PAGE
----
Taste of the thunder dragon: An authentic Bhutanese meal

Seasonality and sustainability are operational words; the ingredients of all meals come from the restaurant’s local garden and family-owned livestock

author_img Rupali Dean Published :  19th February 2023 04:30 PM   |   Published :   |  19th February 2023 04:30 PM
Bhutanese dishes; Babesa signboard

Bhutanese dishes; Babesa signboard

It’s not food that comes to mind at the mention of Bhutan. Instead, it’s the trek up Tigers Nest and Dochu La. Or the many monasteries that dot the landscape and national parks teeming with wildlife. Tasting the national dish ema datshi, a chilli stew in a cheesy broth is hardly ever on the agenda. But an authentic Bhutanese meal is a must-have experience in this tiny Himalayan country; the Bhutanese take their eating seriously—lunch breaks are long and savoured. Like at Babesa, a popular restaurant on the outskirts of Thimphu, patronised by visitors and locals alike.

Reservations are not a thing in Bhutan. But at Babesa, book a table before the visit. Pre-ordering food will ensure you don’t have to wait too long for your order to arrive. Seasonality and sustainability are operational words; the ingredients of all meals come from the restaurant’s local garden and family-owned livestock.

On the menu are assortments of datshi (cheese). Given that even mildly spiced curries can leave many eaters gasping for air, Bhutan’s de facto national dish, ema datshi is an adventure in itself. The piquancy of the dish changes according to the season, but the umami-laden brew is worth tasting. The less adventurous diner can opt for the scrumptious kewa datshi with potatoes, chillies, cheese and onions. Sikam paa (air-dried pork), Nakey paa (boiled fiddlehead ferns), mengay (the first harvest rice mixed with egg, butter, perilla seeds and garlic) and gondu (crispy fried egg with local greens) are exotic fare not known outside the kingdom. Bhutanese food is heavily cheese-oriented, but a meal is never complete without some vegetables on the side. The chilli cheese noodles and fried spinach are recommended. Slow eating is appreciated in this land where the rhythm of life is unhurried—lingering over your food won’t invite any looks from the waiter.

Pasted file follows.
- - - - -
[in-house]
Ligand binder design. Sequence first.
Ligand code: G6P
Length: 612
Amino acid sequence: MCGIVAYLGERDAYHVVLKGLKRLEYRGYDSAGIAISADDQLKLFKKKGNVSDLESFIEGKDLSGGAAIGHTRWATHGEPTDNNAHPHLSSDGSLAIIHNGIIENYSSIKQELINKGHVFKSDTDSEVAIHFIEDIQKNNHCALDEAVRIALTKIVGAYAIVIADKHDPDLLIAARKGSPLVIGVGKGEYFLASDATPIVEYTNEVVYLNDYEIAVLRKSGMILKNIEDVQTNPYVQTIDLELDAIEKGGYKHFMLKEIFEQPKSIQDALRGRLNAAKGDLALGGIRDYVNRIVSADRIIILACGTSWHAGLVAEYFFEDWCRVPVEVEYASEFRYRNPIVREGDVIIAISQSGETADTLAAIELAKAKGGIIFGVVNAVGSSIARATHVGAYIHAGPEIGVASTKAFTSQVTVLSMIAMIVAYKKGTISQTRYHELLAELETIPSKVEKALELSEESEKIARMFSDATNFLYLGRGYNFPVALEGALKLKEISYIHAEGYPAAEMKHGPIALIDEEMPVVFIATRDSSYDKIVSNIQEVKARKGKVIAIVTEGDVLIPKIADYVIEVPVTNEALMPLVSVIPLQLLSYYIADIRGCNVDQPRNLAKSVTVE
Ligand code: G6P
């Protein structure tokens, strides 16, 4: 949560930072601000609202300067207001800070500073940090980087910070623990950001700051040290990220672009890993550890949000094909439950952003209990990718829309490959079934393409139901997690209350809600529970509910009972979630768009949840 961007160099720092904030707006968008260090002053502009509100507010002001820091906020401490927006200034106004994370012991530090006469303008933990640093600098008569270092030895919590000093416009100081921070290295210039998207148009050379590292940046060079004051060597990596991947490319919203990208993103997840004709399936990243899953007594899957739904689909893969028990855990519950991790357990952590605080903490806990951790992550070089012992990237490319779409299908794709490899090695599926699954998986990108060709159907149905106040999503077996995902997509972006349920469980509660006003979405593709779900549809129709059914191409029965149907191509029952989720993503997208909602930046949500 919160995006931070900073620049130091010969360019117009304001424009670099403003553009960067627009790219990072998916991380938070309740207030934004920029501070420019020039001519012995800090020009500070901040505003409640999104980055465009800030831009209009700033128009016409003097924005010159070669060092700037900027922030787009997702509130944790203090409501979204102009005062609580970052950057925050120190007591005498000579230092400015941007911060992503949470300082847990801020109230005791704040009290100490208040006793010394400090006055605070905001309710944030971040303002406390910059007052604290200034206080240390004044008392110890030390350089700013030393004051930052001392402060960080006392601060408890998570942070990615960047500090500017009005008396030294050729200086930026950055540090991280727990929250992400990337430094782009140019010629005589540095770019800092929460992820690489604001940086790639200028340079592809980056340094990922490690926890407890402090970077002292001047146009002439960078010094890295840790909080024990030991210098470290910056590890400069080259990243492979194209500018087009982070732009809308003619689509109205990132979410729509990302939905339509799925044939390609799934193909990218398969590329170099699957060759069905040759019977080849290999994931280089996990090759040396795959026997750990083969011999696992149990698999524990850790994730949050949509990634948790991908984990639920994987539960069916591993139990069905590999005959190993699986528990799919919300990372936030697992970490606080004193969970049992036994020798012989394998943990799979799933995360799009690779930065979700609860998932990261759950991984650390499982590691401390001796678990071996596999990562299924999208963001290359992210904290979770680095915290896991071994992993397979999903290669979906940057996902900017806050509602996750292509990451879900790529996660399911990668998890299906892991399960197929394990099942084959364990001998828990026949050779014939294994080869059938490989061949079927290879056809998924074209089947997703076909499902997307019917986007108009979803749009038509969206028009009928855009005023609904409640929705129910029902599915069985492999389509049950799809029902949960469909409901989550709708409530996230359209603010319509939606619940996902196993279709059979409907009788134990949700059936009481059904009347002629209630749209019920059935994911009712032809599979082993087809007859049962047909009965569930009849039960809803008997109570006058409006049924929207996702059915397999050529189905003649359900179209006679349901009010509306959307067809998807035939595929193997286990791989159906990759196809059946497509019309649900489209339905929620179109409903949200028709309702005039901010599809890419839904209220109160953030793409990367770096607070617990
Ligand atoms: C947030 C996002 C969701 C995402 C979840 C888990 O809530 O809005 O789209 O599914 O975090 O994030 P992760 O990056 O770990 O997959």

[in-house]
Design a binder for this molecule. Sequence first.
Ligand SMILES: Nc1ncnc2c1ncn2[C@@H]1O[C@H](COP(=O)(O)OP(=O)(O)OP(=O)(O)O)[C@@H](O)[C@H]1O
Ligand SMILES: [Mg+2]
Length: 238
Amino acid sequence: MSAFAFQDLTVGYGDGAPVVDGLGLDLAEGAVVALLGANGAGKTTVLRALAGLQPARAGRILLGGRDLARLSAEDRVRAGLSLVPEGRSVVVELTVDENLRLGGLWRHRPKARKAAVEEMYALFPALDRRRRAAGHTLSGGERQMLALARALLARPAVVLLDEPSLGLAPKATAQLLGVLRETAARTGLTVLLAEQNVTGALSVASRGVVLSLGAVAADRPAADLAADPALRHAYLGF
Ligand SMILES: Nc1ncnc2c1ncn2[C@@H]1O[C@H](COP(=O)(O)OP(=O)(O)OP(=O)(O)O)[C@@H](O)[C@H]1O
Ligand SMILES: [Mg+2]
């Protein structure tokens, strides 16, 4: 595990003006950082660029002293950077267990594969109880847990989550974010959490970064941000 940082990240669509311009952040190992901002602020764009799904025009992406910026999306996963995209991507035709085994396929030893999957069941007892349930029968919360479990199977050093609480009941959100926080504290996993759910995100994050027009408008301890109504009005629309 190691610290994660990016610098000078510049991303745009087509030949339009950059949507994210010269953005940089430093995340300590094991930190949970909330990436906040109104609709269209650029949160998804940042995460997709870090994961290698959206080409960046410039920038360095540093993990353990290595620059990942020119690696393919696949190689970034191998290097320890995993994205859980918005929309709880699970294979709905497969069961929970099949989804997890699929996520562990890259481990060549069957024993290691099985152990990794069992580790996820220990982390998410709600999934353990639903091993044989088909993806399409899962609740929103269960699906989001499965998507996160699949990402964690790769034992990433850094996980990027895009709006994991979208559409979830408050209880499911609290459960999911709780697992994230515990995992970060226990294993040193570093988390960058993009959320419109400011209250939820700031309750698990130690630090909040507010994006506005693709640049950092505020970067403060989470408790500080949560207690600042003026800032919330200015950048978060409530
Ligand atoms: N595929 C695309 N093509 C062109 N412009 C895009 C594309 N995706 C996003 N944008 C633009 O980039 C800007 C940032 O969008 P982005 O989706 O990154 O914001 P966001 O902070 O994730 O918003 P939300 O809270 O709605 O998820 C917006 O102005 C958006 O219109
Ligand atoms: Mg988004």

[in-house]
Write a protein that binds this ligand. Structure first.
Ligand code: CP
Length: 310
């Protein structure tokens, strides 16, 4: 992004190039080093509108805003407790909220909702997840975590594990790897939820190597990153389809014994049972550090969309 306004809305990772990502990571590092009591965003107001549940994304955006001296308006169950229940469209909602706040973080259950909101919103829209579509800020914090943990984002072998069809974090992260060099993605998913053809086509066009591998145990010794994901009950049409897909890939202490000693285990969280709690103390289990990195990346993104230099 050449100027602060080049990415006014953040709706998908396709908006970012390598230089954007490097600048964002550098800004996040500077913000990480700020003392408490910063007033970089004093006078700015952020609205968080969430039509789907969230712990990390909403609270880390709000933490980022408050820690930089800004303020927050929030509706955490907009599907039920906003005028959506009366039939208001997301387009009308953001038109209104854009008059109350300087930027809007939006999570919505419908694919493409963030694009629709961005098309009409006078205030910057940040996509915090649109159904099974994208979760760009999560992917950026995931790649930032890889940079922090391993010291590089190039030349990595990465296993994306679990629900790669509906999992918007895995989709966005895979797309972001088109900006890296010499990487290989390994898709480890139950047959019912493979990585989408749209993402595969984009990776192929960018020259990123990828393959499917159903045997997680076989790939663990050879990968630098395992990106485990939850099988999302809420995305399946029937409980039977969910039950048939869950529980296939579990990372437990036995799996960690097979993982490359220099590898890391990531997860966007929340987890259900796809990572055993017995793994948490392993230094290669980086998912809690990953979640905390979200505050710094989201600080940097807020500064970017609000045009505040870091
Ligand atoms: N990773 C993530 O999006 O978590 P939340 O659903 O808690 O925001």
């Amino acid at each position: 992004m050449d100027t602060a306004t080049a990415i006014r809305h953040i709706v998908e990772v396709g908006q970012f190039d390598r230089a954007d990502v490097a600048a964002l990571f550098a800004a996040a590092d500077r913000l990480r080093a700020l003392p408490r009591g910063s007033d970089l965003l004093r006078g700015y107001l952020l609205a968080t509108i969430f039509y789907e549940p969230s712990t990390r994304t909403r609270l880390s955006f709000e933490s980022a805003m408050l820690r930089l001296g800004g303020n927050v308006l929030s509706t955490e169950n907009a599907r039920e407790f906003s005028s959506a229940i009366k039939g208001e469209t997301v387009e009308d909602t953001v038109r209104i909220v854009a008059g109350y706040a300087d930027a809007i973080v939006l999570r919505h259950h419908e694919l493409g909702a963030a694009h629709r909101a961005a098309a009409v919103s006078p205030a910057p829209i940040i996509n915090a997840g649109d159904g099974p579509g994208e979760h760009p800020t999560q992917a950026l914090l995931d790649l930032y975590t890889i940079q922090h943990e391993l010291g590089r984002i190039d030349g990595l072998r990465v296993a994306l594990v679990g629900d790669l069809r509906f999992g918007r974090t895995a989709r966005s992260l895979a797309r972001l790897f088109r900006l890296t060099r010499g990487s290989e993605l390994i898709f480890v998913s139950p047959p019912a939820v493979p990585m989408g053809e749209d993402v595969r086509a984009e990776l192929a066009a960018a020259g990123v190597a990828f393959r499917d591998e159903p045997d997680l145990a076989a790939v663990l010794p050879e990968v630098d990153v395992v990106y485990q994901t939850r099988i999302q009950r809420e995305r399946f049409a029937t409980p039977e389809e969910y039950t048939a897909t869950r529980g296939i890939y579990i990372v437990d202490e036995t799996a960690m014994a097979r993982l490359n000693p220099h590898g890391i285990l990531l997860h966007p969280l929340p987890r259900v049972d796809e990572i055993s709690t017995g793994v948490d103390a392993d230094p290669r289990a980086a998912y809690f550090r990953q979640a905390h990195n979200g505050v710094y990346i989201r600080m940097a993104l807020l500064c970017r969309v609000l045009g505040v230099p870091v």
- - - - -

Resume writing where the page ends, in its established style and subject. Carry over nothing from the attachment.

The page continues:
The ambience is a sufficient reason to visit Babesa. The bane of greedy builders tearing down ancient buildings to make ‘modern’ ones has infected Bhutan too. The owner of Babesa, Tashi Wangchuk,
however, is having none of that. The restaurant is his family house, which has been refurbished. The aesthetic of this three-storey century-old farmhouse has been retained while adding modern conveniences such as restrooms and glass windows to let in natural light. Babesa’s interiors resemble a museum. Its pastoral theme with vintage displays gives travellers the experience of dining in a traditional farmhouse. After the meal, walking off the cheese by strolling around the Norzim Lam, Thimpu’s commercial district is recommended for losing some currency calories.

The restaurant focuses on customary Bhutanese cuisine and its forte is augmented by serving their food in traditional wooden bowls, plates and woven baskets as you sit around the long low tables with cushions on the floor that encourage communal plating (chair seating is available as well). But panache does not herald substance here. The wooden bowls designed for partaking are as beautiful in presentation. If you would like to dig deep into the artefacts, you can pre-book a tour with the owner.

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